The Collation

Research and Exploration at the Folger

No Standard Oil Company? No Shakespeare Collection!

A Guest Post by Stephen Grant A decade ago when I was determining angles to consider in approaching Collecting Shakespeare: The Story of Henry and Emily Folger, some readers—perhaps at 3 pm Folger tea—recommended I write only on the Folgers as collectors. As I was writing the very first biography of the couple, I finally decided it made little sense to focus on how they spent their money at the neglect of how they earned it in the first place.… Continue Reading

Let there be light! Kliegl lights on the New York Stage

Once again, I seem to have underestimated the level of esoteric knowledge held by our readers. Y’all are delightful (and I’m guessing have worked technical theater at some point…). Yes, yes, indeed. The Crocodile Mystery posted last week does seem to be referring, despite the… umm… creative spelling, to a Klieglight. The image itself comes from Folger manuscript T.a.81, which contains lighting plots for productions of Romeo and Juliet, Twelfth Night, Taming of the Shrew, Merchant of Venice and Hamlet.… Continue Reading

“What manner o’thing is your crocodile?”: December 2019

Welcome to the final Crocodile Mystery of 2019! As we close out the year (and the decade!), we invite you to look at the image below and tell us, if you can, what on earth it’s talking about?! Leave your thoughts and guesses in the comments below, and we’ll be back next week with an explanation.… Continue Reading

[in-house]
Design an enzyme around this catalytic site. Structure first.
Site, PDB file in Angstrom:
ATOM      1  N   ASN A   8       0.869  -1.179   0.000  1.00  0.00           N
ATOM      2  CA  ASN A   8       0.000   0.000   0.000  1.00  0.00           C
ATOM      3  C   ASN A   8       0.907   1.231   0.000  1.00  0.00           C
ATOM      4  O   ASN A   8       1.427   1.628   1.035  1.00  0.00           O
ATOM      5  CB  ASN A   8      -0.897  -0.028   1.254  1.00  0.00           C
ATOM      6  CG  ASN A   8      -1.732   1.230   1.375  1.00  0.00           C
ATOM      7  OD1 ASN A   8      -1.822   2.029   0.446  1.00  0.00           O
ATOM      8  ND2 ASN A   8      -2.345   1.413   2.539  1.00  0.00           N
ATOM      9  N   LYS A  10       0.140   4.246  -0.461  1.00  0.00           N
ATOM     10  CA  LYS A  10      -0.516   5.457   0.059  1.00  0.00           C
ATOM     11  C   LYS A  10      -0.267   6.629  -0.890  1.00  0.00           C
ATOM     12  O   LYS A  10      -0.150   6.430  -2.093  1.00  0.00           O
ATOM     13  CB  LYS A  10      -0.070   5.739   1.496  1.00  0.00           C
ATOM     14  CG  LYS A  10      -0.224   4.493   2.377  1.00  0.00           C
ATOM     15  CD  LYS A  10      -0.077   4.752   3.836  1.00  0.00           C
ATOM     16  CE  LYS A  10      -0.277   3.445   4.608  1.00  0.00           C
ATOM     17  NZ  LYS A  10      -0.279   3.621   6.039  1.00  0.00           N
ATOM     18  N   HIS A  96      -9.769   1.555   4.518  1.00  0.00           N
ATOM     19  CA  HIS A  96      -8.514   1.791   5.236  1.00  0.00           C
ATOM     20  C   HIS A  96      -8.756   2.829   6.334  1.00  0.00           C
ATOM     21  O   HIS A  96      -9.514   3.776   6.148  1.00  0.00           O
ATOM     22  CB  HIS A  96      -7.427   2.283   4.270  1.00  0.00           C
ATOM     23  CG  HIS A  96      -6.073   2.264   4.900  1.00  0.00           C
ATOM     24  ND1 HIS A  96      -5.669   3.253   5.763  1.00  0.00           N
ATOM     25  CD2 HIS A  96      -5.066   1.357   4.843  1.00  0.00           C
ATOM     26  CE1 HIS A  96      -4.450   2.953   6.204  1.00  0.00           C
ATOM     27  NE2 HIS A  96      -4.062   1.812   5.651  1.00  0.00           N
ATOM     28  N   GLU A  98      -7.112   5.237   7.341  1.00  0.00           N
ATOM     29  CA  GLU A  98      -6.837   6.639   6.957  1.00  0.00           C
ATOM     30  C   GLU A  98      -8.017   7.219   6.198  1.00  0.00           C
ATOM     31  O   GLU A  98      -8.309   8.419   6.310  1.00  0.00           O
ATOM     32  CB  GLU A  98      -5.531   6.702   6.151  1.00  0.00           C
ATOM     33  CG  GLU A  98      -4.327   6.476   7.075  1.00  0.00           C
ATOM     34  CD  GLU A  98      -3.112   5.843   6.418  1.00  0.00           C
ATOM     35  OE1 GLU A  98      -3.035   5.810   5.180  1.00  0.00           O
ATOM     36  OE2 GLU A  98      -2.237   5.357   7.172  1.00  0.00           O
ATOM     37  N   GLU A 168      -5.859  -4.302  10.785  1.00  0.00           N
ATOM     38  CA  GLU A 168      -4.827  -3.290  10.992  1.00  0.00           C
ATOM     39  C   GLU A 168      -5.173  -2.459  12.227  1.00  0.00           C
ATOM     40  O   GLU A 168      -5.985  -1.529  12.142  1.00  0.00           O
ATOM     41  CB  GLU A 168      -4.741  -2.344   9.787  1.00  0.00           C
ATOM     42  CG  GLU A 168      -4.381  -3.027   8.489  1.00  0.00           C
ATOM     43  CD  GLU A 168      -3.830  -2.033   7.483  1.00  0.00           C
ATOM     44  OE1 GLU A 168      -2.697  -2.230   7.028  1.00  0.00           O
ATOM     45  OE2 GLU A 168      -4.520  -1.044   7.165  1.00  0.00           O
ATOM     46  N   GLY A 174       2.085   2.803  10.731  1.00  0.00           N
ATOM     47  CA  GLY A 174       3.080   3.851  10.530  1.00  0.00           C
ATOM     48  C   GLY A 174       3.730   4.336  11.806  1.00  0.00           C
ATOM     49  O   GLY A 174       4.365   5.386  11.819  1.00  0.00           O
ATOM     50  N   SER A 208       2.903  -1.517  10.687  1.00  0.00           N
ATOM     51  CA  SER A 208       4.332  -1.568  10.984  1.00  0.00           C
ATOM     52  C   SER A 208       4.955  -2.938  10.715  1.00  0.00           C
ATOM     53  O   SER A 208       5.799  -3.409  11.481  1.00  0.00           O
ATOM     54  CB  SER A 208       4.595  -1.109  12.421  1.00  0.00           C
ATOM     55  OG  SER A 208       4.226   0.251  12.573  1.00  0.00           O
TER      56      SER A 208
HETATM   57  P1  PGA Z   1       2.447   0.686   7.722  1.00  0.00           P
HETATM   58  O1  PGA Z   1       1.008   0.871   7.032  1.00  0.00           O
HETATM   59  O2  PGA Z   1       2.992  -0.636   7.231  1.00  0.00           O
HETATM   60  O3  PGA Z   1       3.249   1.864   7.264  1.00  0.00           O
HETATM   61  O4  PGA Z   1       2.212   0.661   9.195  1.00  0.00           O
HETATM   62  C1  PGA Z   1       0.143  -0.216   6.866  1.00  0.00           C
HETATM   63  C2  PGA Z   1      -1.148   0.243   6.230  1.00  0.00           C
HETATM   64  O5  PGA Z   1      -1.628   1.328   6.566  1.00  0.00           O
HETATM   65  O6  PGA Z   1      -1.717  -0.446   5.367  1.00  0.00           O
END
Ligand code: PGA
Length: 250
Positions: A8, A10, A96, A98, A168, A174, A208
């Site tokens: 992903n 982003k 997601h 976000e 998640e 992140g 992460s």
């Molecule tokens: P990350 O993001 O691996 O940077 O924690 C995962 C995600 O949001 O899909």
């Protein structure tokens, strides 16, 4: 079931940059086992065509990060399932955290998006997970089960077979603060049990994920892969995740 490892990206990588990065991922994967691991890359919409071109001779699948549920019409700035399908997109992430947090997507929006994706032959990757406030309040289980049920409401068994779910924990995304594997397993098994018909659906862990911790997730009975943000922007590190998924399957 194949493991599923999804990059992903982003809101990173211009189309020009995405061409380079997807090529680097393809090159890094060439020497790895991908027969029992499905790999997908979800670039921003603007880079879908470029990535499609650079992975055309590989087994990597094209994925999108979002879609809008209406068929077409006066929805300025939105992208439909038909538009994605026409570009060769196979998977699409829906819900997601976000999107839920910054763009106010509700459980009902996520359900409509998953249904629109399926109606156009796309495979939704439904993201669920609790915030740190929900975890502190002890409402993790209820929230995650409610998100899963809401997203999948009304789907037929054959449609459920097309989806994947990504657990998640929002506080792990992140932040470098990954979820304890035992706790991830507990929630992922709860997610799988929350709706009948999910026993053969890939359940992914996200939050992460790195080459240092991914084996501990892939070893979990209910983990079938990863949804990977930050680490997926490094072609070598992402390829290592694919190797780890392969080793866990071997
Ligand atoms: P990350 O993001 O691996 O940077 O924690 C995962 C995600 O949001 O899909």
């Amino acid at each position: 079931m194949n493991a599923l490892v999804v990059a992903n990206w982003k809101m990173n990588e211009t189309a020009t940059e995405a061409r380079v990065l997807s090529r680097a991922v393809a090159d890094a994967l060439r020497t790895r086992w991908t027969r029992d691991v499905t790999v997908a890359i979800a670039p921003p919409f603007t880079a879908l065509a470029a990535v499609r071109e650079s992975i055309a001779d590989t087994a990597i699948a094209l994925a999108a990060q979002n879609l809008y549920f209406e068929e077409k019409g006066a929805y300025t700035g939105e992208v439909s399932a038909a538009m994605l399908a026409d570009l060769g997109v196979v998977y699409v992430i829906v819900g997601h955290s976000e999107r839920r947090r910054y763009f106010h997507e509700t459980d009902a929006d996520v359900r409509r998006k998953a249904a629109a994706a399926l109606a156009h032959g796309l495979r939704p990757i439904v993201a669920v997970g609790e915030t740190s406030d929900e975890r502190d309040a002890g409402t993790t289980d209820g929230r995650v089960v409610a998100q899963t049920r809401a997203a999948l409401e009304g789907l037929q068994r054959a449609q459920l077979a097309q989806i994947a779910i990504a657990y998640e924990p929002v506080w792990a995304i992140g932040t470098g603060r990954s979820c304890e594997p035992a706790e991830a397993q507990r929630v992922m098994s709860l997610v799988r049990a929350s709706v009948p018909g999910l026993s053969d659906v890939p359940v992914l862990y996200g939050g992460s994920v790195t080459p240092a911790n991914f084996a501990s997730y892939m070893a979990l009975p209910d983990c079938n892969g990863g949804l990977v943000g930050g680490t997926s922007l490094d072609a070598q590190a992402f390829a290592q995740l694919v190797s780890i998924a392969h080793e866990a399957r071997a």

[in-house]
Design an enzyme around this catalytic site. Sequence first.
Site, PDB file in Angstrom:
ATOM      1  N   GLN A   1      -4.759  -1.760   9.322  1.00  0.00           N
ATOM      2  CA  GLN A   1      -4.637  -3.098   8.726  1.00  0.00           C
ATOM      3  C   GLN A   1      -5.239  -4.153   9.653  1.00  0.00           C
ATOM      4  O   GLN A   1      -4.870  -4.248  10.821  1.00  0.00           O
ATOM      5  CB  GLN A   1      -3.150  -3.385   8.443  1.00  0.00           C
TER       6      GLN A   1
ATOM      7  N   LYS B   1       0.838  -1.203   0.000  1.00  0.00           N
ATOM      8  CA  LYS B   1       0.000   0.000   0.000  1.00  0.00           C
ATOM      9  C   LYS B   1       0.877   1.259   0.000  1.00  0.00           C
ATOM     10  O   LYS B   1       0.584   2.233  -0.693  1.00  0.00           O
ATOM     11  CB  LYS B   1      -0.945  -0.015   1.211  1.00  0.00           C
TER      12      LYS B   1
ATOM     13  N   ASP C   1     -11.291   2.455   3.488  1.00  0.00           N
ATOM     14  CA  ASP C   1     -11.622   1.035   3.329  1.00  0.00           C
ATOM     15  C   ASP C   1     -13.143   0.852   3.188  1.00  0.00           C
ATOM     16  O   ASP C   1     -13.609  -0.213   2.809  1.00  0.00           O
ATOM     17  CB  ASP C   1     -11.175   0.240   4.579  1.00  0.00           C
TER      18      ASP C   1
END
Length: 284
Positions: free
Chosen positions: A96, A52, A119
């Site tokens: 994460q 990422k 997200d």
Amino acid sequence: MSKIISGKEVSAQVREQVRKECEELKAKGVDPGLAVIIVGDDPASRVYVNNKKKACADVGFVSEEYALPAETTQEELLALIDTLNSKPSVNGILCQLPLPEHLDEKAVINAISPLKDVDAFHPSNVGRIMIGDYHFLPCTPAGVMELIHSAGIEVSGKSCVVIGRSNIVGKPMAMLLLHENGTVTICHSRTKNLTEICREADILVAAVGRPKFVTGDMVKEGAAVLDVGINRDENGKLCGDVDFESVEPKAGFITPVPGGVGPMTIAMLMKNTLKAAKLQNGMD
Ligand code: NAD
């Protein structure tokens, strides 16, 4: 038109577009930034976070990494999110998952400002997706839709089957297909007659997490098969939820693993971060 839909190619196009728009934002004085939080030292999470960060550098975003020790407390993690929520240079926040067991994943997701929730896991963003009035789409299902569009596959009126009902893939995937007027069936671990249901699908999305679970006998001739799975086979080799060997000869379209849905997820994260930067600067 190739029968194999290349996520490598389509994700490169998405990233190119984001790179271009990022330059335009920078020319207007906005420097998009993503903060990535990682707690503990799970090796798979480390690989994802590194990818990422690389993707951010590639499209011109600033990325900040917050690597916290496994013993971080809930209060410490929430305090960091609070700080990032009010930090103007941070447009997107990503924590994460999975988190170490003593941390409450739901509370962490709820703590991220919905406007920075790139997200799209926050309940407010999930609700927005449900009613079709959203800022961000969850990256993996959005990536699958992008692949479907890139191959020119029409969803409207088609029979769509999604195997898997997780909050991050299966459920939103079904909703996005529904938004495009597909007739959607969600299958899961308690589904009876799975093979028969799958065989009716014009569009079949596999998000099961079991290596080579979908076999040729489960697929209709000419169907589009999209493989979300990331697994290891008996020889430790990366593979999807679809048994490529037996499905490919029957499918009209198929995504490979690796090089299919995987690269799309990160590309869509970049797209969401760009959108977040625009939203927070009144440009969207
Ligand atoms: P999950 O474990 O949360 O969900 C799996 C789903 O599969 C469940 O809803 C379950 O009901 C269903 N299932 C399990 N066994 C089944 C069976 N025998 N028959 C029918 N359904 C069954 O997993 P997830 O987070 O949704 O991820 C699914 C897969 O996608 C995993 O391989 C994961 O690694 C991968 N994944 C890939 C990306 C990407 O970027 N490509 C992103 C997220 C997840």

Stuff in Books: a conundrum

When we think of book history, most of us focus on the creation, dissemination, and reception of texts. But as many scholars have begun to discuss in the last few years, books and manuscripts ended up being used in many different ways unrelated to their status as textual objects. Once we begin to consider what purposes bound books and manuscripts might have served beyond their primary function as sources of knowledge and learning, the list gets long fairly quickly.… Continue Reading

Henry Clay Folger’s Deltiological Profile, Part II

A Guest Post by Stephen Grant Collators, we pick up from the series of picture postcards Henry Folger sent to his wife Emily in Brooklyn during his Standard Oil Company business trips to western states in 1910. The Truckee River flows northeasterly from California to Nevada. The sole outlet of Lake Tahoe, the river is an important source of irrigation for the region.… Continue Reading

A Dictionary for Don Quixote

A guest post by Kathryn Vomero Santos For scholars interested in the history of translation and language learning in early modern England, signs of use in books designed to teach their users how to read, speak, or write in another language are especially exciting. Annotations, corrections, and translations in the margins and fly leaves can offer a glimpse, partial though it may be, into the purposes and processes for acquiring another tongue.… Continue Reading